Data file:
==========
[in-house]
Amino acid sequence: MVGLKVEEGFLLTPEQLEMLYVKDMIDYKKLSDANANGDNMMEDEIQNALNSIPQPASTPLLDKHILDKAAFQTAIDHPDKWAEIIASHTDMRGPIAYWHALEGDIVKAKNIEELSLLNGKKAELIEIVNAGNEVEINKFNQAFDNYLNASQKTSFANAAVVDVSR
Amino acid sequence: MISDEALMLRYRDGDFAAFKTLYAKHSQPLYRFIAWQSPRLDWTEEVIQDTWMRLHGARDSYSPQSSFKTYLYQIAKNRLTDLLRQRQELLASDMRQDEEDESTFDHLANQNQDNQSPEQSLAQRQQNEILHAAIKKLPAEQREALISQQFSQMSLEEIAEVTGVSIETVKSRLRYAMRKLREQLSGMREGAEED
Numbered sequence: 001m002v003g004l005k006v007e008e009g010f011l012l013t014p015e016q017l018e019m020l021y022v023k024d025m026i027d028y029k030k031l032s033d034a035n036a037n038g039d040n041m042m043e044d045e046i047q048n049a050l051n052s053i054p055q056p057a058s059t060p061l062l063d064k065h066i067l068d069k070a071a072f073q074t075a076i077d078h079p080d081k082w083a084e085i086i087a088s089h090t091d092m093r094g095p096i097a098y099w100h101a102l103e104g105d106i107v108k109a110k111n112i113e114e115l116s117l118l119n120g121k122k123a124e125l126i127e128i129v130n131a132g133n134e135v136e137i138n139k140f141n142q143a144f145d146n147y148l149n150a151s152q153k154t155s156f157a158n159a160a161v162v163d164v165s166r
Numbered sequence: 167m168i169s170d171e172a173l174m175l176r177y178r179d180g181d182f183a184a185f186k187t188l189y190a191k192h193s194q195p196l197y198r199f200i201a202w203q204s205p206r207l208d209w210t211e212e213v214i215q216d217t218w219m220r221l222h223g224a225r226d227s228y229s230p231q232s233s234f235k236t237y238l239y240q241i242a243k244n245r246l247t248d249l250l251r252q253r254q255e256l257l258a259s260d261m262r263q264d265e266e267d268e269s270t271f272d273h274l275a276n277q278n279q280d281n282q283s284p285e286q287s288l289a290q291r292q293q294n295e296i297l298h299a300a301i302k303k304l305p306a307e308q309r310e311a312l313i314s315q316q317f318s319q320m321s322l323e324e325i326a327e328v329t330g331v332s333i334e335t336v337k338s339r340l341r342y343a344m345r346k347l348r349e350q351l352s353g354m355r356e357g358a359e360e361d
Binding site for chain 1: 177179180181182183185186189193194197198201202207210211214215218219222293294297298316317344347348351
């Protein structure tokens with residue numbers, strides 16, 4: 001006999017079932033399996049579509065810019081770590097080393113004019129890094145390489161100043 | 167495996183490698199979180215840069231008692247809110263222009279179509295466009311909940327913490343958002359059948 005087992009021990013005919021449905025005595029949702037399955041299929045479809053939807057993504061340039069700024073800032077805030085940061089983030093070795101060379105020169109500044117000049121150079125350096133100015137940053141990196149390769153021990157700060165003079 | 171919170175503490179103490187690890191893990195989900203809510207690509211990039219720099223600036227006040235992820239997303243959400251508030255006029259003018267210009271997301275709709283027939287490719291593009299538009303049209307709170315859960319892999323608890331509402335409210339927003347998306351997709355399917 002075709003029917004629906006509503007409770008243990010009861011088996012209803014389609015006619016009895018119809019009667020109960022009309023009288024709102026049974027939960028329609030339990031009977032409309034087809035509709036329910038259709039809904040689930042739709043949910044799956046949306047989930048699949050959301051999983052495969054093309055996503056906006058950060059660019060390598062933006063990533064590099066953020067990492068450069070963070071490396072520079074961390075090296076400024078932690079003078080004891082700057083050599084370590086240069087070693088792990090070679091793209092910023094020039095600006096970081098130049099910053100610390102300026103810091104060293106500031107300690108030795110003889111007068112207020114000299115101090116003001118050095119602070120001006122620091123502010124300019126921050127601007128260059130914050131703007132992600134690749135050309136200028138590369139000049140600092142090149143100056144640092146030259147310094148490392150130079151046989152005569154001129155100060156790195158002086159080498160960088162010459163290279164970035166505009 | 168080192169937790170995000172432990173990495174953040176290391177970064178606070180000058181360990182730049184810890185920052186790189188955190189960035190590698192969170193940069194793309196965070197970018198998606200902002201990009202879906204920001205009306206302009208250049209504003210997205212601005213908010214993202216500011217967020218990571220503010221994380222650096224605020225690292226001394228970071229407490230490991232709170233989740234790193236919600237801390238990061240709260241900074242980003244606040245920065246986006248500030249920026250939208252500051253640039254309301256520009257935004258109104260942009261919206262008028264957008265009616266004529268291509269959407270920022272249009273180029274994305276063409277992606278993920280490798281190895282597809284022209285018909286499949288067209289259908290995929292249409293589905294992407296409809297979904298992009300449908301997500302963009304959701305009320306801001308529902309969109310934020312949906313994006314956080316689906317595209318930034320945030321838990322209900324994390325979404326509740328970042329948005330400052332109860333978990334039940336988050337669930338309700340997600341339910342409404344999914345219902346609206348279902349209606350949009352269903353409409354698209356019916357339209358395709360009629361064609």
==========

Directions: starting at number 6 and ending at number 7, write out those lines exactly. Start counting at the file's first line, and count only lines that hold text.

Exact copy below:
Binding site for chain 1: 177179180181182183185186189193194197198201202207210211214215218219222293294297298316317344347348351
């Protein structure tokens with residue numbers, strides 16, 4: 001006999017079932033399996049579509065810019081770590097080393113004019129890094145390489161100043 | 167495996183490698199979180215840069231008692247809110263222009279179509295466009311909940327913490343958002359059948 005087992009021990013005919021449905025005595029949702037399955041299929045479809053939807057993504061340039069700024073800032077805030085940061089983030093070795101060379105020169109500044117000049121150079125350096133100015137940053141990196149390769153021990157700060165003079 | 171919170175503490179103490187690890191893990195989900203809510207690509211990039219720099223600036227006040235992820239997303243959400251508030255006029259003018267210009271997301275709709283027939287490719291593009299538009303049209307709170315859960319892999323608890331509402335409210339927003347998306351997709355399917 002075709003029917004629906006509503007409770008243990010009861011088996012209803014389609015006619016009895018119809019009667020109960022009309023009288024709102026049974027939960028329609030339990031009977032409309034087809035509709036329910038259709039809904040689930042739709043949910044799956046949306047989930048699949050959301051999983052495969054093309055996503056906006058950060059660019060390598062933006063990533064590099066953020067990492068450069070963070071490396072520079074961390075090296076400024078932690079003078080004891082700057083050599084370590086240069087070693088792990090070679091793209092910023094020039095600006096970081098130049099910053100610390102300026103810091104060293106500031107300690108030795110003889111007068112207020114000299115101090116003001118050095119602070120001006122620091123502010124300019126921050127601007128260059130914050131703007132992600134690749135050309136200028138590369139000049140600092142090149143100056144640092146030259147310094148490392150130079151046989152005569154001129155100060156790195158002086159080498160960088162010459163290279164970035166505009 | 168080192169937790170995000172432990173990495174953040176290391177970064178606070180000058181360990182730049184810890185920052186790189188955190189960035190590698192969170193940069194793309196965070197970018198998606200902002201990009202879906204920001205009306206302009208250049209504003210997205212601005213908010214993202216500011217967020218990571220503010221994380222650096224605020225690292226001394228970071229407490230490991232709170233989740234790193236919600237801390238990061240709260241900074242980003244606040245920065246986006248500030249920026250939208252500051253640039254309301256520009257935004258109104260942009261919206262008028264957008265009616266004529268291509269959407270920022272249009273180029274994305276063409277992606278993920280490798281190895282597809284022209285018909286499949288067209289259908290995929292249409293589905294992407296409809297979904298992009300449908301997500302963009304959701305009320306801001308529902309969109310934020312949906313994006314956080316689906317595209318930034320945030321838990322209900324994390325979404326509740328970042329948005330400052332109860333978990334039940336988050337669930338309700340997600341339910342409404344999914345219902346609206348279902349209606350949009352269903353409409354698209356019916357339209358395709360009629361064609």